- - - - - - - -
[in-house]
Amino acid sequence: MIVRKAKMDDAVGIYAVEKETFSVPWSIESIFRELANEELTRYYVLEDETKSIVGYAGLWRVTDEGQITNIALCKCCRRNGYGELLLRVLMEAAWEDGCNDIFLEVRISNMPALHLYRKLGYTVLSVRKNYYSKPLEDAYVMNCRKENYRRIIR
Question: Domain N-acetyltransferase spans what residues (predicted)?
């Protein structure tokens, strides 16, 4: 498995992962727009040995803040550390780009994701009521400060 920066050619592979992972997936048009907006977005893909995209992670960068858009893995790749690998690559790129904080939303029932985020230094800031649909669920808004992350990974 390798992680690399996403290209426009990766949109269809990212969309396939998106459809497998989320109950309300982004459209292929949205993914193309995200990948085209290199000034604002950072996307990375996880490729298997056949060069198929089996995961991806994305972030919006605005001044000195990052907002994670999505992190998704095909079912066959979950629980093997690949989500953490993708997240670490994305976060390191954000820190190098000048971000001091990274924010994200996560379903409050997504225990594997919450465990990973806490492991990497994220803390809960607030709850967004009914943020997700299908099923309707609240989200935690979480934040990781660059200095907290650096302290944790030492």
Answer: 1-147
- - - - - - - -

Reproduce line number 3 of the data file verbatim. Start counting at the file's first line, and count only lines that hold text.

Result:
Question: Domain N-acetyltransferase spans what residues (predicted)?